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Leukemia & Lymphoma

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Two-Drug Combo May Help Hard-to-Treat Leukemia

Fludara Plus Campath May Have Advantages Over Standard CLL Treatment
WebMD Health News
Reviewed by Laura J. Martin, MD

Oct. 10, 2011 -- A combination of two drugs -- the chemotherapy drug Fludara and the biologic drug Campath -- may allow people with hard-to-treat chronic lymphocytic leukemia (CLL) to live longer.

One of the most common blood cancers affecting adults in the U.S., CLL is considered incurable. In CLL, there are too many abnormal white blood cells in the blood and bone marrow. About 14,570 new cases of CLL will be diagnosed in the U.S. this year, according to the American Cancer Society. And about 4,380 people will die from the disease.

"There is a tremendous need for new therapies," says Ira Braunschweig, MD, director of the Bone Marrow Transplantation Program at Montefiore Medical Center in the Bronx, N.Y. "This is one of the most common types of leukemia and it is still a deadly disease." Braunschweig reviewed the study for WebMD.

Compared to treatment with Fludara (fludarabine) alone, the new combination increased "progression-free survival" or the length of time in which a person is free from disease after finishing treatment, and prolonged the lives of people who have had a relapse.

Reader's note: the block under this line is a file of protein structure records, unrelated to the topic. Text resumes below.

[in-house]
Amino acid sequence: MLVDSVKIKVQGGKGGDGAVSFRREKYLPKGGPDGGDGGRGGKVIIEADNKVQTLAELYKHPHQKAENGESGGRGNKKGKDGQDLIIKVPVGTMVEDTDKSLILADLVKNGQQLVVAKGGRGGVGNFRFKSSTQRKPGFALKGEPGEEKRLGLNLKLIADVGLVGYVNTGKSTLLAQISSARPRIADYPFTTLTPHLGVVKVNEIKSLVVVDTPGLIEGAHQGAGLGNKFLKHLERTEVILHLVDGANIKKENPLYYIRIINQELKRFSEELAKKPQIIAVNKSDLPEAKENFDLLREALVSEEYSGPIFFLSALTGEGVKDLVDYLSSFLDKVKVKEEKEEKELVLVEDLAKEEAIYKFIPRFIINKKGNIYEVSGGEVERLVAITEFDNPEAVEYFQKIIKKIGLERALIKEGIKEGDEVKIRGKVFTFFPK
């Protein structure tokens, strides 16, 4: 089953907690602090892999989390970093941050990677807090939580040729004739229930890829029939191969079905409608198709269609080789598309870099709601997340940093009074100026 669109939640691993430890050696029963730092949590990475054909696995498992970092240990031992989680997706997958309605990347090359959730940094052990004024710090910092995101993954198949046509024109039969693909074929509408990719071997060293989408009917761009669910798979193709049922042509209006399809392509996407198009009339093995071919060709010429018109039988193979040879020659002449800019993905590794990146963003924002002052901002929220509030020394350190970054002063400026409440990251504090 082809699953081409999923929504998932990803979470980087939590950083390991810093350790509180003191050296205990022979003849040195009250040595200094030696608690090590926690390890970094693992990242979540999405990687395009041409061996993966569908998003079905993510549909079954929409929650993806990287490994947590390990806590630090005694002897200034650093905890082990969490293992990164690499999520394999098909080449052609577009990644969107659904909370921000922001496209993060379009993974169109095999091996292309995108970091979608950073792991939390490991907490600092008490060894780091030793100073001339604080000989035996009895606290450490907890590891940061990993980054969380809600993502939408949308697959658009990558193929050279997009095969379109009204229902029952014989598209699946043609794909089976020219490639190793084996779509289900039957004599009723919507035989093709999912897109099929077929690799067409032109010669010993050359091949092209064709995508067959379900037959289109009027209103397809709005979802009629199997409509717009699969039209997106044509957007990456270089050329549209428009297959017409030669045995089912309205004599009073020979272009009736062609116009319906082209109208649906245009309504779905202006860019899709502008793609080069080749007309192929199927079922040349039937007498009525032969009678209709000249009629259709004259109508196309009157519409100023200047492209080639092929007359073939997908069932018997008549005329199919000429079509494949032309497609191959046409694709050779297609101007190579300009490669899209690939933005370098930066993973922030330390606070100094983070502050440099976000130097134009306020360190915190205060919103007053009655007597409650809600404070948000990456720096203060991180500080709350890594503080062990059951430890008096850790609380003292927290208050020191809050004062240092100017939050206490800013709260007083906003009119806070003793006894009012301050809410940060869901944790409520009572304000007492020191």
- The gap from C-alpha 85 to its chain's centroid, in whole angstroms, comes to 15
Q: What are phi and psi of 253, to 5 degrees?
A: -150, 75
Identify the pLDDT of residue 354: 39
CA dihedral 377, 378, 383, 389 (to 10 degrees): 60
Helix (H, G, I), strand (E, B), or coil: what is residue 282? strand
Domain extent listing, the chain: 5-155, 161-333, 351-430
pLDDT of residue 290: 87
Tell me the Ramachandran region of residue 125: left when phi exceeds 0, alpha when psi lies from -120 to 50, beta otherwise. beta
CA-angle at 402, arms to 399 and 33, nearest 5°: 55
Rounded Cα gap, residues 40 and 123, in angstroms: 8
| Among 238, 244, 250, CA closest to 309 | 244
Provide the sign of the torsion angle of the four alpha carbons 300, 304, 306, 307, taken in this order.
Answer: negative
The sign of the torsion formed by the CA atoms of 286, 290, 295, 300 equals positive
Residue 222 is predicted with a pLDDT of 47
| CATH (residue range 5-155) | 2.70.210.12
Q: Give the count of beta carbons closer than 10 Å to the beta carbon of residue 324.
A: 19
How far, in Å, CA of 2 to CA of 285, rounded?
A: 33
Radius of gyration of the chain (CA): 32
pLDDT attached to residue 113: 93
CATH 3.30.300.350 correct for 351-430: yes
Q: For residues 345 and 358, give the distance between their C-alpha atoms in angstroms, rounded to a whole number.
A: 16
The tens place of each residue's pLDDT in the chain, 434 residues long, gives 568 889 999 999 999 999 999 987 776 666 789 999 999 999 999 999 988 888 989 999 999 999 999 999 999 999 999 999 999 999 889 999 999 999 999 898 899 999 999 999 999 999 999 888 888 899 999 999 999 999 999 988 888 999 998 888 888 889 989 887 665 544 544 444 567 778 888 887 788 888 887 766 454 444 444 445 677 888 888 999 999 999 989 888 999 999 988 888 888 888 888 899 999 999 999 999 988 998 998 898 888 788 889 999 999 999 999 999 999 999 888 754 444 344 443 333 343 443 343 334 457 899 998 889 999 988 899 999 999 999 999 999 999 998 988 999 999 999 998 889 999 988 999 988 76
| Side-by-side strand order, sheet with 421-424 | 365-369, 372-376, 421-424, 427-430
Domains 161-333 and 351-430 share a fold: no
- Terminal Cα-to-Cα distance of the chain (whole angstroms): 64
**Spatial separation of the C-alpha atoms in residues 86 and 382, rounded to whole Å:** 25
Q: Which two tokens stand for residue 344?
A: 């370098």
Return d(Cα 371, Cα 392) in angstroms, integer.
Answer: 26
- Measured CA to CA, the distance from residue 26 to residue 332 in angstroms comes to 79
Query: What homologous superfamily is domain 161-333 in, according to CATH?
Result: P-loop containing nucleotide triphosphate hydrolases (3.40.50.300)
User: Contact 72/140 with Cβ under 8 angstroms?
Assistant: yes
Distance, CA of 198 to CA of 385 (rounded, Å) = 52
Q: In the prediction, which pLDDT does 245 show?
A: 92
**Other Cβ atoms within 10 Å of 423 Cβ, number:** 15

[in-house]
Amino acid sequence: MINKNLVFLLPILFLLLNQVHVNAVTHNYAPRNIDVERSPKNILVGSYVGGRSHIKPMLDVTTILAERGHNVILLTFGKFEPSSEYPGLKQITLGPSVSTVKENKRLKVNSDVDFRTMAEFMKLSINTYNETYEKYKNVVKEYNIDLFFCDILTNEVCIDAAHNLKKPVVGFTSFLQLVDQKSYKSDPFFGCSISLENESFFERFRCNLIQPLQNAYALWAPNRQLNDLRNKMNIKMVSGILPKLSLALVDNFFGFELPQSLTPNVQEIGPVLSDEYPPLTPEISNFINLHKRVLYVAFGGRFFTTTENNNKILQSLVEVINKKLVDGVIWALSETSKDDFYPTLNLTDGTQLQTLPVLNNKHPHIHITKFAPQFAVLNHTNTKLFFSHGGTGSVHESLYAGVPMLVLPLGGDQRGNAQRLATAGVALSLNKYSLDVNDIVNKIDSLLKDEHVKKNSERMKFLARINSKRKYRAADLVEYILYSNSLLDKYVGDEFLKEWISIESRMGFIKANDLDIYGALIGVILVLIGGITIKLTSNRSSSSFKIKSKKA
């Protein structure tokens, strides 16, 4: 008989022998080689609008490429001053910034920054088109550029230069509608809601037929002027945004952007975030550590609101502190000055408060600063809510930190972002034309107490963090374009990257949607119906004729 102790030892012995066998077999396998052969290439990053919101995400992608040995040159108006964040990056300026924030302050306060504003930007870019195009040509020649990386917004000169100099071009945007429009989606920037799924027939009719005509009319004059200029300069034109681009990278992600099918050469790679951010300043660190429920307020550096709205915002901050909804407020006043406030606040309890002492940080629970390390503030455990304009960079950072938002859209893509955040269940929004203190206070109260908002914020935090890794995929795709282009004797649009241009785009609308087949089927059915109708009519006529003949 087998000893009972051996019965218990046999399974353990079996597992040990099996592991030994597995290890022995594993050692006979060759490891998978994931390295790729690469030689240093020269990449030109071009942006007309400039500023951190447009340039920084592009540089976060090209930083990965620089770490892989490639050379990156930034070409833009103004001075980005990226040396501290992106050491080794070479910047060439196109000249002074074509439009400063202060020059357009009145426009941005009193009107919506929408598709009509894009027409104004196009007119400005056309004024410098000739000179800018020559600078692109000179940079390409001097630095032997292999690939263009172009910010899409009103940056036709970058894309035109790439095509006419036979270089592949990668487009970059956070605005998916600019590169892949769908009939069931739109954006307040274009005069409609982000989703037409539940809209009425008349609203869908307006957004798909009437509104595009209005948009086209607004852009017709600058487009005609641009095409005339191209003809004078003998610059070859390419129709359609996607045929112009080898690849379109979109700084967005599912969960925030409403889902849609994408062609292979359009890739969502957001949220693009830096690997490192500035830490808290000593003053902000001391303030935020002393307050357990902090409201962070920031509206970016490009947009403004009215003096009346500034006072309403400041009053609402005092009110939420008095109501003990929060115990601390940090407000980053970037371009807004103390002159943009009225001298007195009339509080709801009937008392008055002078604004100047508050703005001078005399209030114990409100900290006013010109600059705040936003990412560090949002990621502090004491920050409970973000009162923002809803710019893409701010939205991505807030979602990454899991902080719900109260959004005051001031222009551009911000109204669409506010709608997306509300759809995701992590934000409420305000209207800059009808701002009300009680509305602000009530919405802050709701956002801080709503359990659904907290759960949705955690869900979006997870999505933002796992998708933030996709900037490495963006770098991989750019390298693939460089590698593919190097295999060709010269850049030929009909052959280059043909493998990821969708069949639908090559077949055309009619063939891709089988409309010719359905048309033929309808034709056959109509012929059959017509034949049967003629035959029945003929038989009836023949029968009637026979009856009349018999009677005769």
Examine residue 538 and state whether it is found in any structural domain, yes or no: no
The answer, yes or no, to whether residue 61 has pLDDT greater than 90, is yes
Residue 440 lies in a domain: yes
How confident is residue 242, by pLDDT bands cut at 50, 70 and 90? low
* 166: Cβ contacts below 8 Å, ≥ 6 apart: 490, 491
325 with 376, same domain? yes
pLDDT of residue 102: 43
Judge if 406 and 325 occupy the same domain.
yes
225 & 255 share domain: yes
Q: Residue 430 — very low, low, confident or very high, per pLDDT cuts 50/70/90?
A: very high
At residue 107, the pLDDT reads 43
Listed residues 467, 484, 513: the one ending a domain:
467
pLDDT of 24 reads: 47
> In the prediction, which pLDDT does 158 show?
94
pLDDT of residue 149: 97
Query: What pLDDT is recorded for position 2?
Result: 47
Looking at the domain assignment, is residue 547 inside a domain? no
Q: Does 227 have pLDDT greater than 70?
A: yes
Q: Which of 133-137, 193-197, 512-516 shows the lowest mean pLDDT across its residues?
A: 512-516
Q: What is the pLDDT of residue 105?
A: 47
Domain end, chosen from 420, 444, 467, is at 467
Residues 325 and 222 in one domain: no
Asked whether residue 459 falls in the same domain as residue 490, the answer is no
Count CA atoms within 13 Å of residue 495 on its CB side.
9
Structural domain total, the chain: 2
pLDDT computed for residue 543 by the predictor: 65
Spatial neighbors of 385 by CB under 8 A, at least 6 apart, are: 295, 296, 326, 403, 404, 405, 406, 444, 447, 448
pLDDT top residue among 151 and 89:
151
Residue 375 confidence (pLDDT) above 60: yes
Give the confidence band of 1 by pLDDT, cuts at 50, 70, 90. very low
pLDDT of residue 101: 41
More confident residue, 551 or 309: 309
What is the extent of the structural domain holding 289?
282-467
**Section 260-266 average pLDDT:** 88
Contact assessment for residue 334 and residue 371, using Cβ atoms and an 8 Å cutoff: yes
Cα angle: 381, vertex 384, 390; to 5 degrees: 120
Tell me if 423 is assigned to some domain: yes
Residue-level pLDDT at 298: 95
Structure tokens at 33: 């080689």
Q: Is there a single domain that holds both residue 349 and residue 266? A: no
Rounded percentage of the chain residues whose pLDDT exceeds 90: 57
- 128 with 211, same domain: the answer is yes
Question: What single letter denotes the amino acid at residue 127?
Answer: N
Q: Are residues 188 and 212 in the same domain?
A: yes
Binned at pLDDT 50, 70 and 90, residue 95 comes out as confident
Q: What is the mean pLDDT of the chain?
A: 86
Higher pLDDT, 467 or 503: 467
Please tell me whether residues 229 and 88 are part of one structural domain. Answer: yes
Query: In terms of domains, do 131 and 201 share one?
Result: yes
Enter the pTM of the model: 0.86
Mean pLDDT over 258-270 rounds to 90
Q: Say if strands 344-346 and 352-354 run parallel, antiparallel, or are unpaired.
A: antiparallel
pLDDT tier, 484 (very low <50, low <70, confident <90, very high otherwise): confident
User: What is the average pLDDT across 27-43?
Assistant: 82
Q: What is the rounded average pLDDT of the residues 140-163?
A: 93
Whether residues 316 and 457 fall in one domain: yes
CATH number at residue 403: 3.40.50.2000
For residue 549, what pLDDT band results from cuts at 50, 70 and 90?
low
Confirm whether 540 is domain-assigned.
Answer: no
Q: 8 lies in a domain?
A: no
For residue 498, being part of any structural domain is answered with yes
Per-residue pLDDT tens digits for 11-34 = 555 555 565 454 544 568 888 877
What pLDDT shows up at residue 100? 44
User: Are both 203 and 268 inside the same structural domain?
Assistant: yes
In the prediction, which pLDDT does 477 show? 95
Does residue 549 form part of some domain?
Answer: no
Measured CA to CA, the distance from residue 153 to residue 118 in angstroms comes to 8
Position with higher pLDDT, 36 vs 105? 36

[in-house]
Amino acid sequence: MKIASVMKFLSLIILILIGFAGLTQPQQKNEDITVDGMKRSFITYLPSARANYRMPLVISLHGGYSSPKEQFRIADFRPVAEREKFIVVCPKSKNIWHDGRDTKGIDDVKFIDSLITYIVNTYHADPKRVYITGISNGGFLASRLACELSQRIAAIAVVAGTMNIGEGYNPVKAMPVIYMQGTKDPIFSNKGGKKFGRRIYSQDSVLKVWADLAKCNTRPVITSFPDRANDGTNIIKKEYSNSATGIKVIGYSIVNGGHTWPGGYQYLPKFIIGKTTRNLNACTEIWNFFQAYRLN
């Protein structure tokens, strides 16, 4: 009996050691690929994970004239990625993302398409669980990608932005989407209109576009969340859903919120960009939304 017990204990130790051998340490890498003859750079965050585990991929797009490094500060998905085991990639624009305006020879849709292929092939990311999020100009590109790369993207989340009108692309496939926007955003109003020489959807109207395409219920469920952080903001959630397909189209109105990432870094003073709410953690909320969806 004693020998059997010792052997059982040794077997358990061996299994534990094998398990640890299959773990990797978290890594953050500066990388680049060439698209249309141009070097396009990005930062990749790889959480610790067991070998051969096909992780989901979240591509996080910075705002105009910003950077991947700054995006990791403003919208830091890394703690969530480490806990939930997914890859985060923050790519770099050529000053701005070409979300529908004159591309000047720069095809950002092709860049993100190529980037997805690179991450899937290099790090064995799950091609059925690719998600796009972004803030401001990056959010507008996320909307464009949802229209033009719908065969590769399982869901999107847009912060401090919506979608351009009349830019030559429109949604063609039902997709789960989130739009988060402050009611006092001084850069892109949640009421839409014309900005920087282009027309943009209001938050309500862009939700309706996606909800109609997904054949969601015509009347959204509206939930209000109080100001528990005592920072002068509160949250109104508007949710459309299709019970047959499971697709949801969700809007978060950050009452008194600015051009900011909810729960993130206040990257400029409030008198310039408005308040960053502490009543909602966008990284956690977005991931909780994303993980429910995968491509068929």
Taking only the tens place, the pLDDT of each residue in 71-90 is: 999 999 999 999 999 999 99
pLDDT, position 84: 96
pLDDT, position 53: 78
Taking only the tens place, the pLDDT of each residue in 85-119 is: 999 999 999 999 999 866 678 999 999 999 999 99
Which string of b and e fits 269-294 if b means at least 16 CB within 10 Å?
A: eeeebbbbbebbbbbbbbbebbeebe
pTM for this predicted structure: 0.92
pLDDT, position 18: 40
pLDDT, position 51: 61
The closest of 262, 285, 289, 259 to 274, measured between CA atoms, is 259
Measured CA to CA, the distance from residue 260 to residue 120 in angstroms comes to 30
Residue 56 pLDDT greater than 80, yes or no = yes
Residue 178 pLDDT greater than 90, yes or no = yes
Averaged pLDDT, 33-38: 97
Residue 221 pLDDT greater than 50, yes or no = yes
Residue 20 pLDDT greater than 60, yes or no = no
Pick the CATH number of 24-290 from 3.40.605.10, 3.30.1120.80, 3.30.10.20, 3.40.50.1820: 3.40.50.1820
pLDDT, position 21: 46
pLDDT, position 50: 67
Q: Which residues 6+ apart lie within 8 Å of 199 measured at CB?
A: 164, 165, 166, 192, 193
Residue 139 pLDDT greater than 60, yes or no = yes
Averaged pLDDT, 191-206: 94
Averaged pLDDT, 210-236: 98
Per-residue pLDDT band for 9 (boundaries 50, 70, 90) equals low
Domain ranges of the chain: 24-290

The findings are published online in The Lancet Oncology.

How It Works

Chemotherapy drugs like Fludara kill cancer cells. Campath (alemtuzumab) is a monoclonal antibody therapy. It targets a protein called CD52 that is found on the surface of white blood cells. It attaches to the cells and then rallies the immune system to help kill them.

In the study, 168 people with CLL who had relapsed or who did not respond to previous therapy received Fludara plus Campath and 167 received Fludara alone for up to six 28-day cycles. People who received the combination remained progression-free for a median of 23.7 months after treatment (about half remained progression-free for less than 23.7 months, half more), while those who took Fludara alone had a median of 16.5 months of progression-free survival.

The overall survival rate was also higher for people who got both drugs, the study showed. The findings held for older people and people with advanced CLL.

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